Contributed By Yong Yung Shin
It’s a stroke of cinematic genius that director Steven Spielberg and producer Peter Jackson used the motion capture format (as seen in The Polar Express) to produce this much-loved comic series, because the treatment lends an old-school vibe to the retelling of the heroic Tintin’s adventures while satiating the viewers’ appetite for high-gloss, vivid entertainment.
The film opens with our hero Tintin (Jamie Bell), a young journalist and his dog Snowy browsing around in an outdoor market when they stumble upon a breathtaking model of a three-masted sailing ship, the Unicorn. Tintin buys it at a deal, but is immediately accosted by a couple of mysterious strangers who want to buy the ship from him. Immediately, he finds his life in danger, but it only piques his journalistic curiosity and makes him all the more determined to unravel the secret within the Unicorn.
Of course, our hero finds himself on a rollercoaster ride of adventure and danger when he meets the captain of the hijacked SS Karaboudjan, Captain Haddock (Andy Serkis), who holds the key to the secret of the Unicorn. Not immediately do the two become the best of friends, but they soon learn to put aside their hang-ups to battle the devices of the evil Ivan Ivanovitch Sakharine (Daniel Craig).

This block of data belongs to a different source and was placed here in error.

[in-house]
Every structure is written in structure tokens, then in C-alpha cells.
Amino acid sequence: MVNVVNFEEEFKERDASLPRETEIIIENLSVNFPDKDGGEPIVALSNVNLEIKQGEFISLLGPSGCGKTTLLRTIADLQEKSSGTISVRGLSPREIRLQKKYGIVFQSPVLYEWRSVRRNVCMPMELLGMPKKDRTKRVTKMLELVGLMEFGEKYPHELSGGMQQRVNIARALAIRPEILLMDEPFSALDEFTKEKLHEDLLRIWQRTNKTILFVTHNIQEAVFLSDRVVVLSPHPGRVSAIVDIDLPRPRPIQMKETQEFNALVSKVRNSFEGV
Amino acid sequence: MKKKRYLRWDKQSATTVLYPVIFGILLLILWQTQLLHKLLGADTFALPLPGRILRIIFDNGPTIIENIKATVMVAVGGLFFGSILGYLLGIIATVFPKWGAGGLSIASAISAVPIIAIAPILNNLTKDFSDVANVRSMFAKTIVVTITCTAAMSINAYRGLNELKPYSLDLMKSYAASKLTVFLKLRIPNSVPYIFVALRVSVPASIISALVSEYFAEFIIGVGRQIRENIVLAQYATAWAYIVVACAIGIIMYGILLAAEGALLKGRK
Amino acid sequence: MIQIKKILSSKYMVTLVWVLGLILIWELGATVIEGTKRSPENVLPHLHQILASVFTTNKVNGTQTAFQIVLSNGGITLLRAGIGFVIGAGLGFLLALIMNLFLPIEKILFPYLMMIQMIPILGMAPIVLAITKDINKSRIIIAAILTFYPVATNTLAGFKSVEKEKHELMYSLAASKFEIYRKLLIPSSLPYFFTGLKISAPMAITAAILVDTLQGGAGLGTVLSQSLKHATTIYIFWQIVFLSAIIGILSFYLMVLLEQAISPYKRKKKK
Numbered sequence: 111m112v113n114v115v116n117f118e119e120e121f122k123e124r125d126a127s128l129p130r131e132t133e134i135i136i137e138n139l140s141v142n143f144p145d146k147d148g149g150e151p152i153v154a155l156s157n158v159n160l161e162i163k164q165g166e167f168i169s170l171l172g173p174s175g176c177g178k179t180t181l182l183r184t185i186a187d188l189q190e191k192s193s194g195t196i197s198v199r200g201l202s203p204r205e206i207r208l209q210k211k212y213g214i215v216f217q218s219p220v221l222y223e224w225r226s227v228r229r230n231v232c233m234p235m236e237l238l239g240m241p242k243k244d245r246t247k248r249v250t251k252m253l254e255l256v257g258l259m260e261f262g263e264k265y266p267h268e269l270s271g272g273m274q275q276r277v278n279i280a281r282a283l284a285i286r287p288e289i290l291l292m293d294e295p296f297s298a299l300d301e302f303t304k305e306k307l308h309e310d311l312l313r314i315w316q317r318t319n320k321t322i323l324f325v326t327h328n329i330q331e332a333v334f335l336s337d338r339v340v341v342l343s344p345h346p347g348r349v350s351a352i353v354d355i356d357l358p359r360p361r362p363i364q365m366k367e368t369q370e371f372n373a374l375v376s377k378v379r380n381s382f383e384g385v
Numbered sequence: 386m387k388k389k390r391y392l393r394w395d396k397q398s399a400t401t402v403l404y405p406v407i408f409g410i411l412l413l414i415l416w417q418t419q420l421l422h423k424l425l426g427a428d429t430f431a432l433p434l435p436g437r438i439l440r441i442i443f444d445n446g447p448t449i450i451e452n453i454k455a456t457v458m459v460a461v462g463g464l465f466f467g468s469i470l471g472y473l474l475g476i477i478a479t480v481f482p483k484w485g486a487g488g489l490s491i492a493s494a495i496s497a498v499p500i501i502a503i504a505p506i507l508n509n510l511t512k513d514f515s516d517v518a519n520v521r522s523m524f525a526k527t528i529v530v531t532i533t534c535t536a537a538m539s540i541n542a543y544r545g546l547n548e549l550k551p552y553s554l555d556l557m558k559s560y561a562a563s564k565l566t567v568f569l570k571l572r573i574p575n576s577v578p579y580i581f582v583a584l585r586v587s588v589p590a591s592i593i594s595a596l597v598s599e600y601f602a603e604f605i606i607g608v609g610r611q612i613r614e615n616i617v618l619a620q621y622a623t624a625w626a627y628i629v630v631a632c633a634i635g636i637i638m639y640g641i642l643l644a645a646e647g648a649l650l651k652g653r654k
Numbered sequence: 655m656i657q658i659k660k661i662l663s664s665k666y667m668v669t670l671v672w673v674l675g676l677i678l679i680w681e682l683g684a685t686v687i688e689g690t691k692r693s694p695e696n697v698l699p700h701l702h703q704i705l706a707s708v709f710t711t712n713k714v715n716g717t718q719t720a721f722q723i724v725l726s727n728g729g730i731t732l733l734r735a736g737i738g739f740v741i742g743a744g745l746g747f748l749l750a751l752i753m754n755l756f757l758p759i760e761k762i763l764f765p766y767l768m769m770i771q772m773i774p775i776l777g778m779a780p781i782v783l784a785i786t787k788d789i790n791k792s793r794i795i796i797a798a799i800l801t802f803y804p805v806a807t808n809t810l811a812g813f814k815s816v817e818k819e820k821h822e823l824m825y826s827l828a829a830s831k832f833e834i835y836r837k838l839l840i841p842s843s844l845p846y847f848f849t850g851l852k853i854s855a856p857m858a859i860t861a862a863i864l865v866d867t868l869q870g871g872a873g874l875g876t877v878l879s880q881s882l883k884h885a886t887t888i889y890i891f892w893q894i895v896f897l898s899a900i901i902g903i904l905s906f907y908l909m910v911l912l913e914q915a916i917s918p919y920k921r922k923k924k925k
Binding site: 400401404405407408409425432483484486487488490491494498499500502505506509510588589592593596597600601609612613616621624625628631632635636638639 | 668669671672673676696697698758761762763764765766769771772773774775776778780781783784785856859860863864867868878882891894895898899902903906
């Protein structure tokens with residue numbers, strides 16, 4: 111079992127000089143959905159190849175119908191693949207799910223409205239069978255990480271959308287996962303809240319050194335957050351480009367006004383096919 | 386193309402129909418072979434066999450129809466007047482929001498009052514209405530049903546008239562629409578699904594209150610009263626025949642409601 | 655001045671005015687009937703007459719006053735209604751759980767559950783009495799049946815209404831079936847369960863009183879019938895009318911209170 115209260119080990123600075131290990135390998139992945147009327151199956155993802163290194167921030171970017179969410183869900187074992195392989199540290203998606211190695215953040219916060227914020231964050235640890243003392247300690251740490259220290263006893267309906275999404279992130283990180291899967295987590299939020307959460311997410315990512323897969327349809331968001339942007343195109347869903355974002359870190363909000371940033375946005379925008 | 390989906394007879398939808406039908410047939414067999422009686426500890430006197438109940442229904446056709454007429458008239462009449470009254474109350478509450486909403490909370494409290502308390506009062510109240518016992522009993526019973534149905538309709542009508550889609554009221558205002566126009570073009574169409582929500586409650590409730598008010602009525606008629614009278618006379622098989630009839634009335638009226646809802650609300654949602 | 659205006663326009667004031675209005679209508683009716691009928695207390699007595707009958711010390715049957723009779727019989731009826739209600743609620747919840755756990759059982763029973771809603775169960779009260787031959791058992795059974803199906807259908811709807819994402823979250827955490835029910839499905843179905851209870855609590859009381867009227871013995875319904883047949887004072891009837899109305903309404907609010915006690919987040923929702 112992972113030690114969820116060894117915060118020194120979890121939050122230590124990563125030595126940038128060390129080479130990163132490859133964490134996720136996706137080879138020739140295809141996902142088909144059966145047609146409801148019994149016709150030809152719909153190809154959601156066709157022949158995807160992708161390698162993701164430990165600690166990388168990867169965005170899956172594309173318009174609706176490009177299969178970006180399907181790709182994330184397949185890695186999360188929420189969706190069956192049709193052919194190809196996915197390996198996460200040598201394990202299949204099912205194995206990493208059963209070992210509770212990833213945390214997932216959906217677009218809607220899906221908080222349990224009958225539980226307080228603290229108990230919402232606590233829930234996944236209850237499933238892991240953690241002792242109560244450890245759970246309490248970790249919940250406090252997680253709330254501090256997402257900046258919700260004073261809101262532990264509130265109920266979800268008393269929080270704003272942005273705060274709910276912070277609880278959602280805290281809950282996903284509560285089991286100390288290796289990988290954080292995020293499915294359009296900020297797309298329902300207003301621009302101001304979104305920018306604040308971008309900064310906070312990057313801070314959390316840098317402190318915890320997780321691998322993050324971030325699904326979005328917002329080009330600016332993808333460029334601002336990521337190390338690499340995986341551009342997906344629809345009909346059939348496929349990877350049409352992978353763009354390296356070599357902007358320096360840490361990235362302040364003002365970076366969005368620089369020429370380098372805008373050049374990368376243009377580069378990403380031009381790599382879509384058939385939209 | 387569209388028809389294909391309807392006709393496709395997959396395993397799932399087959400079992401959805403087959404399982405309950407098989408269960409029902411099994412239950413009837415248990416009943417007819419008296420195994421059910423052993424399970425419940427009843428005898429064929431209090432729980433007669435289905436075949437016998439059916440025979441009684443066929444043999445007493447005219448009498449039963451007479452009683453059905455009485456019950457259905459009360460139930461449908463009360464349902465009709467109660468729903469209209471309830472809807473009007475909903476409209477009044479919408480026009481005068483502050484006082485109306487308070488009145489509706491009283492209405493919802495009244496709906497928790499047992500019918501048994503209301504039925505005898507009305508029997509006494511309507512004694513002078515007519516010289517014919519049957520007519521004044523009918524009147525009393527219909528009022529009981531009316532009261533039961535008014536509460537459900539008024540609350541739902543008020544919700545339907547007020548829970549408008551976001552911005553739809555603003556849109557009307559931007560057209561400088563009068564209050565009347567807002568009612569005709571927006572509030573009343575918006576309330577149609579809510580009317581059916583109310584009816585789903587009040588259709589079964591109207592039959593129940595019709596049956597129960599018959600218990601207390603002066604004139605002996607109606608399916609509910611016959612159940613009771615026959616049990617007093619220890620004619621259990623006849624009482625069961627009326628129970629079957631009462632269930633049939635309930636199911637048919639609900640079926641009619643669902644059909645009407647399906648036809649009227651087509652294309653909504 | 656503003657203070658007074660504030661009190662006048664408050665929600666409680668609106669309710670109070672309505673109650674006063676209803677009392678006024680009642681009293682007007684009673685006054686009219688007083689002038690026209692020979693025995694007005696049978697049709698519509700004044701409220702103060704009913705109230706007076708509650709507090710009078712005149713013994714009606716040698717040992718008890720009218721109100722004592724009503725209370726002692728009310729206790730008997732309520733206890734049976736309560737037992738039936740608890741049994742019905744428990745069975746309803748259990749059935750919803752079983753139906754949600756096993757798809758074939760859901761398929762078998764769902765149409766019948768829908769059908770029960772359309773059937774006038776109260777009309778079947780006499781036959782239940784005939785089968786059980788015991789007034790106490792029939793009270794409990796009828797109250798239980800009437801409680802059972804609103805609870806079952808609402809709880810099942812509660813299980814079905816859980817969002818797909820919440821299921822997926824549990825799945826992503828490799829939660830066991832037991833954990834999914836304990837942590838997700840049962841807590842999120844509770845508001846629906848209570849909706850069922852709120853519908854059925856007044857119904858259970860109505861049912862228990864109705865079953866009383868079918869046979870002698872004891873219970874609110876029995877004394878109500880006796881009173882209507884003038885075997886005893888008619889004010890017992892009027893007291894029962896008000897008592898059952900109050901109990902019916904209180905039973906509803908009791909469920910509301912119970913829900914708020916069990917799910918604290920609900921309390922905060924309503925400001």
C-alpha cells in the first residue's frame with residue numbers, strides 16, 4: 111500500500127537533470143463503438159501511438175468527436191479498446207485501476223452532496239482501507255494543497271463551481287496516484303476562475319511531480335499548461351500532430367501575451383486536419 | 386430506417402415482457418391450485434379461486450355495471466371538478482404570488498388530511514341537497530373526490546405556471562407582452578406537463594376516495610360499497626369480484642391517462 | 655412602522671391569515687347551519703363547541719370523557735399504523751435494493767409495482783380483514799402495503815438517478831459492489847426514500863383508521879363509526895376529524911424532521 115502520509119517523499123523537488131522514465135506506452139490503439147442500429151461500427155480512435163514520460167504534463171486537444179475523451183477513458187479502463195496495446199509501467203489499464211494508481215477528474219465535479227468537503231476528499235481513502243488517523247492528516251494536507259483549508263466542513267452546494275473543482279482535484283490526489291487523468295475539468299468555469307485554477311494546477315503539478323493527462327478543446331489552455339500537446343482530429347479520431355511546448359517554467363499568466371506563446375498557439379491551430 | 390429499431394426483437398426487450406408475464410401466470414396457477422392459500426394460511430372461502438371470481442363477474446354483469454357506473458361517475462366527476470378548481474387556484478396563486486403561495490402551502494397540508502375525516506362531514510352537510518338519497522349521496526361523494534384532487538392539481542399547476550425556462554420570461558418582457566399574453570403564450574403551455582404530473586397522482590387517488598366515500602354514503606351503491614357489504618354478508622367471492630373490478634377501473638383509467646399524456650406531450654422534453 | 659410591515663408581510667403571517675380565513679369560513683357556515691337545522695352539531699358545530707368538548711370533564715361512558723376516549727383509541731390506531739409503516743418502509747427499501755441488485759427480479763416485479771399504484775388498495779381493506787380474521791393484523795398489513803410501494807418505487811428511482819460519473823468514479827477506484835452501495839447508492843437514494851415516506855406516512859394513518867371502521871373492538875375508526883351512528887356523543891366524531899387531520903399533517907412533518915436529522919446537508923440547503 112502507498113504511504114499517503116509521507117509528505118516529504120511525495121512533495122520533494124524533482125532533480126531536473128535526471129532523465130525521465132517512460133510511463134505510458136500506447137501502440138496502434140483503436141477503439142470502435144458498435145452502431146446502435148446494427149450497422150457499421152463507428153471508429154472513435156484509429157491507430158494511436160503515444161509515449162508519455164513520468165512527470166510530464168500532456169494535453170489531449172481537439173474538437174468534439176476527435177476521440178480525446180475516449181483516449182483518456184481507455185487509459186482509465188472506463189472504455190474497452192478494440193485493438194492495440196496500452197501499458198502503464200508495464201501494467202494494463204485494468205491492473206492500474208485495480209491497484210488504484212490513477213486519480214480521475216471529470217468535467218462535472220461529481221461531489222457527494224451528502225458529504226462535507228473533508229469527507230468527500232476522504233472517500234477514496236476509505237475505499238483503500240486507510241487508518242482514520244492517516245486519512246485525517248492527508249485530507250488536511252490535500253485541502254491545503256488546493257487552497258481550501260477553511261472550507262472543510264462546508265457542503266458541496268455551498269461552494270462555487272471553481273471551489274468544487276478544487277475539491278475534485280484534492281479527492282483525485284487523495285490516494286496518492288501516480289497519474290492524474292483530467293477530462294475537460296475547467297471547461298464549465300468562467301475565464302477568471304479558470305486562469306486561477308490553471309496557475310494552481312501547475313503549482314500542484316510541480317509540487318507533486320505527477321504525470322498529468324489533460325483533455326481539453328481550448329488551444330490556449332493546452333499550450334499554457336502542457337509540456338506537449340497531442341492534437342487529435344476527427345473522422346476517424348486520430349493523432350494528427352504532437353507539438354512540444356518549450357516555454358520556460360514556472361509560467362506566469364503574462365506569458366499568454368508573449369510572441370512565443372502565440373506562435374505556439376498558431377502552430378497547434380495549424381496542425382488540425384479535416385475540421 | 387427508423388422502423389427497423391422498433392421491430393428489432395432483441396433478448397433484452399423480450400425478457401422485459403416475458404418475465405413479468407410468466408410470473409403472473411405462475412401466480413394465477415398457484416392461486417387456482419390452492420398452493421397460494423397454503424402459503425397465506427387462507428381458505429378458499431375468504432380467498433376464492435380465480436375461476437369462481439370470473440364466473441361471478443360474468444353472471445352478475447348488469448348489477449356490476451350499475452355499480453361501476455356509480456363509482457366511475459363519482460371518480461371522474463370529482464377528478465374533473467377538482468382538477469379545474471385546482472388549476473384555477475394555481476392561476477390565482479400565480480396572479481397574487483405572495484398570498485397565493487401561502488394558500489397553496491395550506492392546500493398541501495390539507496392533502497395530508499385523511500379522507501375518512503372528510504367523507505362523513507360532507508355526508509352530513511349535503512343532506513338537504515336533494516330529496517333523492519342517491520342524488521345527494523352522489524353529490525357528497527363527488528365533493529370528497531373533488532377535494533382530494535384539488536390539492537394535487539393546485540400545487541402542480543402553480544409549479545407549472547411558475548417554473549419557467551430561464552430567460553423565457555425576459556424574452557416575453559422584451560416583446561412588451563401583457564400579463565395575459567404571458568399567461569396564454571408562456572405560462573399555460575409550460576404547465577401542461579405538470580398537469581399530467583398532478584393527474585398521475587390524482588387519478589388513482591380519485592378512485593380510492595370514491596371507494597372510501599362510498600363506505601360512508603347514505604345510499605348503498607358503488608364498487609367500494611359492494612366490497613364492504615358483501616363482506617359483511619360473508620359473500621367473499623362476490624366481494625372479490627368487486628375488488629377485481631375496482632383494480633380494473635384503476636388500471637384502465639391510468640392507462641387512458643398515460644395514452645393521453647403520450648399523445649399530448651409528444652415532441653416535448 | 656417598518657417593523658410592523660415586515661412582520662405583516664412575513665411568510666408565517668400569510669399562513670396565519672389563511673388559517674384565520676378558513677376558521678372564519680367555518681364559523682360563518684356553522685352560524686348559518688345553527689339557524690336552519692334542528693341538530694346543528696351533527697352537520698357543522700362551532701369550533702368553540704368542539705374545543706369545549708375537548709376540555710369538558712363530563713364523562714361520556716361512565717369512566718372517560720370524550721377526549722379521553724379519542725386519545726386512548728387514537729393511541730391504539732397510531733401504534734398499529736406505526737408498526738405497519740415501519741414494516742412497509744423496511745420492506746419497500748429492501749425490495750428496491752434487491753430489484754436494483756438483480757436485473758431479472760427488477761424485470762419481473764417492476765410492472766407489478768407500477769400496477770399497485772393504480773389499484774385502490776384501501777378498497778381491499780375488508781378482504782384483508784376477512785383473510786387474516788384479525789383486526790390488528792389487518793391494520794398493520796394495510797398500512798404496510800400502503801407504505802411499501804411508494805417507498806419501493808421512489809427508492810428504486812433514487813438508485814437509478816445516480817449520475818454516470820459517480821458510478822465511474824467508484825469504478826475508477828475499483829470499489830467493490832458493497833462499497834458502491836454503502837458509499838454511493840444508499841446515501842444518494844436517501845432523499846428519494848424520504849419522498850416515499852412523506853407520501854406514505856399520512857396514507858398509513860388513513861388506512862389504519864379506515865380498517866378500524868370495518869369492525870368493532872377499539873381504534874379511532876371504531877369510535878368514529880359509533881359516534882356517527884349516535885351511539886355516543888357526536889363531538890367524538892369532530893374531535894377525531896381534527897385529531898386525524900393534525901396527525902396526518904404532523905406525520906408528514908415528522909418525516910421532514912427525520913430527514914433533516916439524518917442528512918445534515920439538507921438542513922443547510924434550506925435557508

Even Indiana Jones himself will find it hard to keep up with all the action in this one—possibly because it’s an ambitious combo of three Tintin classics: The Crab With The Golden Claw, The Secret Of The Unicorn and Red Rackham’s Treasure. If the ending seems formulaic, remember these books were written in the 1940s, long before its intended audience was inundated with every movie under the action-adventure genre. Tintin’s no Pixar hit, but it’s a good watch nevertheless.